A Las Vegas judge on Friday slapped more than $100,000 in bail on each of six defendants caught in the largest methamphetamine bust in Nevada history.
Justice of the Peace Melanie Tobiasson said she was surprised that each defendant was given $13,000 bail when first booked into the Clark County jail.
Prosecutor Tina Sedlock had asked for $10 million bail for Oscar Cavadas, who is suspected of leading the group, and $1 million for the other defendants arrested in the seven-month investigation that netted 208 pounds of methamphetamine with a street value of $5.7 million.
Officers also seized four pounds of heroin, $280,000 in cash, a shotgun, five handguns -- including one with a silencer -- and nine vehicles in the Tuesday bust.
Sedlock said at least six of the defendants were in the country illegally.
Seven of the case's nine defendants appeared before Tobiasson on Friday, including Cavadas, 26, who hired high-profile criminal defense lawyer John Momot.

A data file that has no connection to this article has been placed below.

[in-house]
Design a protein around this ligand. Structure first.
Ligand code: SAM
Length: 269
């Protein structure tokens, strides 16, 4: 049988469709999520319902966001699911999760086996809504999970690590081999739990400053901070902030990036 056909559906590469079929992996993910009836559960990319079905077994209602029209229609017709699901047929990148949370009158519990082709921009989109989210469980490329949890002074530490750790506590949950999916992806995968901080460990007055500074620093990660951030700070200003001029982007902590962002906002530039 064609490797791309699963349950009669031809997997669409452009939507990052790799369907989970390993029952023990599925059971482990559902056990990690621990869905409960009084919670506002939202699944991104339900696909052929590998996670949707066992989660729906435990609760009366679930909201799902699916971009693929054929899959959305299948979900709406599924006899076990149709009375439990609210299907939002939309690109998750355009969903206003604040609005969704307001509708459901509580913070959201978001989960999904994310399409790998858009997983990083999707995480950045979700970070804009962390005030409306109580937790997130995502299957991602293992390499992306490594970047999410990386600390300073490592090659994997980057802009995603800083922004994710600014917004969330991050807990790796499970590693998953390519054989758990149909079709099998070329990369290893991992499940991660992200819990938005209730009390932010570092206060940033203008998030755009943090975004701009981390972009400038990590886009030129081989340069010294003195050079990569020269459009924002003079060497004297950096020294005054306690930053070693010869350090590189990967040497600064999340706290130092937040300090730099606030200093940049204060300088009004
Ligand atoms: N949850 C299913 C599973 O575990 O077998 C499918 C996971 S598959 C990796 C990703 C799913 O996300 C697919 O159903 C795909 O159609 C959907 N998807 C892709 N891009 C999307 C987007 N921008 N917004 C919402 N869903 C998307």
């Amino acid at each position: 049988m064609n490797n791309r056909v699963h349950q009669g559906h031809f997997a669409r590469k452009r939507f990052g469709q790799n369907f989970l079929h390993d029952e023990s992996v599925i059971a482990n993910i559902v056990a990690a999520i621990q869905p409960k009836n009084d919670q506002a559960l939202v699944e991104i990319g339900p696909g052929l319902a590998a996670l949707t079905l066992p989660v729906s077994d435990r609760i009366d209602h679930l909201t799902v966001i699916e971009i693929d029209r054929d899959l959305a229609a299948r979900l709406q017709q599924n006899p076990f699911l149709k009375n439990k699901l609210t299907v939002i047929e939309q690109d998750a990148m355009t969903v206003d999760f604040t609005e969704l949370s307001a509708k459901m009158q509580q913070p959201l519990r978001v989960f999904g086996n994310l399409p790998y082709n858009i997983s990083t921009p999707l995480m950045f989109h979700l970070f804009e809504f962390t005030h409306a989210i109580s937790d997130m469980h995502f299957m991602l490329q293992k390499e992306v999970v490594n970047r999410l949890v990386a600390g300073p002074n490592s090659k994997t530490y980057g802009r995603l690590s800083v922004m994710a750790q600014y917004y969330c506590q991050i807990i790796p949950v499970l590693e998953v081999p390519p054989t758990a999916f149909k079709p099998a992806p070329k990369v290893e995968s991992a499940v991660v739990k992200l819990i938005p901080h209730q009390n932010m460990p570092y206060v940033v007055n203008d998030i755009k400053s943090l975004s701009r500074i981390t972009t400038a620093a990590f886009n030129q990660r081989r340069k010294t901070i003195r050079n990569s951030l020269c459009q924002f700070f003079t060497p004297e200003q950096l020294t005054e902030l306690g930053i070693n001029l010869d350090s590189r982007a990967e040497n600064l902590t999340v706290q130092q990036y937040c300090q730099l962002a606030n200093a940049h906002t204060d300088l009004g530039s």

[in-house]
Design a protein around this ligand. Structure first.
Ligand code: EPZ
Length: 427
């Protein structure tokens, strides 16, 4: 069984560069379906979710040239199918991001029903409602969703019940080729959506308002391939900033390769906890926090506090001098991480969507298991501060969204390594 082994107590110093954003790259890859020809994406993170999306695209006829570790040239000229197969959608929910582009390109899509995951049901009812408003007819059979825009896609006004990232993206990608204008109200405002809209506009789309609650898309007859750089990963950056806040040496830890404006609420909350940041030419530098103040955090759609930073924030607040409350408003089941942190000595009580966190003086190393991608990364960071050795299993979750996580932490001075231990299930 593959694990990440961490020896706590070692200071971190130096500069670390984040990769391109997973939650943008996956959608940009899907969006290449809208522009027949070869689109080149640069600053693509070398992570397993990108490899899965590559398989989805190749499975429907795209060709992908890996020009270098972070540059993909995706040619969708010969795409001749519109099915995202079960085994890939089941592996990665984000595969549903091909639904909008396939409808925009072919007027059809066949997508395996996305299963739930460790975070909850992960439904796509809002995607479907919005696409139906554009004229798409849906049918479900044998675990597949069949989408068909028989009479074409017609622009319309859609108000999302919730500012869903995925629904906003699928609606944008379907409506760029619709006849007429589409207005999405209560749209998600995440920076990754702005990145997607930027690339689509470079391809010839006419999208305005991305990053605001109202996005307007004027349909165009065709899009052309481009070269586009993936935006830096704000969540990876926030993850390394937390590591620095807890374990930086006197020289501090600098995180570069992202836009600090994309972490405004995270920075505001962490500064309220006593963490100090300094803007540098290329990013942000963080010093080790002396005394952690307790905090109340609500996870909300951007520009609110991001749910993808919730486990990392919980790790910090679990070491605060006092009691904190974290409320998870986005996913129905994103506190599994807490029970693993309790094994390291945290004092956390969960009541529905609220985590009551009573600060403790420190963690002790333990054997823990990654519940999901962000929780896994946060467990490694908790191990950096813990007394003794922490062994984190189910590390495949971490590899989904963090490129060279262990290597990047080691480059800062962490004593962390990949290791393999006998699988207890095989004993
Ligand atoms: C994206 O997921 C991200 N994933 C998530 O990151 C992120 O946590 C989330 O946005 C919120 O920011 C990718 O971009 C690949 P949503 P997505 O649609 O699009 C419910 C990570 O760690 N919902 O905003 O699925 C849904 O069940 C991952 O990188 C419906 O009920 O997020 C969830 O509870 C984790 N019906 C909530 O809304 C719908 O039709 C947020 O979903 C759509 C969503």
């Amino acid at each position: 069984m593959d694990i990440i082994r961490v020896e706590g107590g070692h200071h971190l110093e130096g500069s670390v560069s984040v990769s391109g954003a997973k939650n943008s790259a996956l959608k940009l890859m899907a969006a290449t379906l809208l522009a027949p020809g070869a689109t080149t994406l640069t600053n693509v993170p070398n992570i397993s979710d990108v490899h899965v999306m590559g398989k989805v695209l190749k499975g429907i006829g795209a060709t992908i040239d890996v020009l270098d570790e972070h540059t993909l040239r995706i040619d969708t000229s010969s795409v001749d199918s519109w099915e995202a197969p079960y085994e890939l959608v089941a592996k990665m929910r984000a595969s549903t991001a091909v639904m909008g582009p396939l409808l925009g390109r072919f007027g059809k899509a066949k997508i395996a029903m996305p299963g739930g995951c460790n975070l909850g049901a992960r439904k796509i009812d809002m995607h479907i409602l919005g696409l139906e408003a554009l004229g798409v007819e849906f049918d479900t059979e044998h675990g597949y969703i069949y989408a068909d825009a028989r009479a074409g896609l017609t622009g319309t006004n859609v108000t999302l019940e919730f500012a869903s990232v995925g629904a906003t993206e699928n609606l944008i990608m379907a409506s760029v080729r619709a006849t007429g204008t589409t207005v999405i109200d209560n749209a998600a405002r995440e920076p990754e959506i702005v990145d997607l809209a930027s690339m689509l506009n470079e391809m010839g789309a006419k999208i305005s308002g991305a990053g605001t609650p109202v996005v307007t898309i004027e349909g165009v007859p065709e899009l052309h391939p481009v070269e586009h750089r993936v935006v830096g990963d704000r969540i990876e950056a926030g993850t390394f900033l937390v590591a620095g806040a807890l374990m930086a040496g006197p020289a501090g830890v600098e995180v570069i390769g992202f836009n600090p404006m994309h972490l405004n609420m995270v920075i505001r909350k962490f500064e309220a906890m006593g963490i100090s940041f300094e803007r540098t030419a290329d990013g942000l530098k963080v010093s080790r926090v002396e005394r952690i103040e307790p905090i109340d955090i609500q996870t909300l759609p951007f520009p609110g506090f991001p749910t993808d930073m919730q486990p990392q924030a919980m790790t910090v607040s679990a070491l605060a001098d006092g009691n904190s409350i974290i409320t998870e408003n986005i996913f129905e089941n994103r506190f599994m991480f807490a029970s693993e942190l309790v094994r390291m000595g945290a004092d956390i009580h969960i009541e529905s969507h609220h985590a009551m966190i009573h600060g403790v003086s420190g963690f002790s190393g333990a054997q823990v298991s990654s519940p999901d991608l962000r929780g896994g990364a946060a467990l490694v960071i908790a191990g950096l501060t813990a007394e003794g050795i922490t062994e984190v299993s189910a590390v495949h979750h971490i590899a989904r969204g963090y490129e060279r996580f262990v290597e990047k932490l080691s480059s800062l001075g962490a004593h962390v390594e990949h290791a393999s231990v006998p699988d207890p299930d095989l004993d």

Momot said the case would be complex considering the amount of evidence, including wiretaps and other surveillance.
A preliminary hearing in the case was set for July 28.
Cavadas was in custody along with Jorge Loza, 26; Armando Lara, 37; Sergio Vieyra-Medrano, 37; Felix Roman, 27; and Salvador Garibo, 27. Tobiasson ordered $100,000 bail for each count they faced.
Cavadas, also known as Moreliano Zaragozaramos, faces four charges, including two counts of trafficking methamphetamine. The other defendants face two or three similar charges, including trafficking methamphetamine, transporting drugs or conspiracy.
Three other defendants -- Cecilia Salgado, 55, Alejandro Gomez, 31, and Mayra Torres, 28, of California -- had been released from jail after posting their initial bail.
Gomez and Torres are U.S. citizens. The citizenship status of Salgado, who appeared in court Friday, was uncertain, said her lawyer, Caesar Almase.
Gomez is scheduled to appear in court Monday, and Torres has a Nov. 10 court date.
Tobiasson said she would not raise bail for the three defendants who were released.
A task force of local and federal investigators confiscated the drugs in a coordinated raid of five valley homes that were part of a Mexican drug operation discovered in January, authorities said.
Authorities think the drugs were made in Mexico and transported here. The seized vehicles had several secret smuggling compartments.
Several more arrests were expected to be made in the case.
Contact reporter Francis McCabe at email@example.com or 702-380-1039.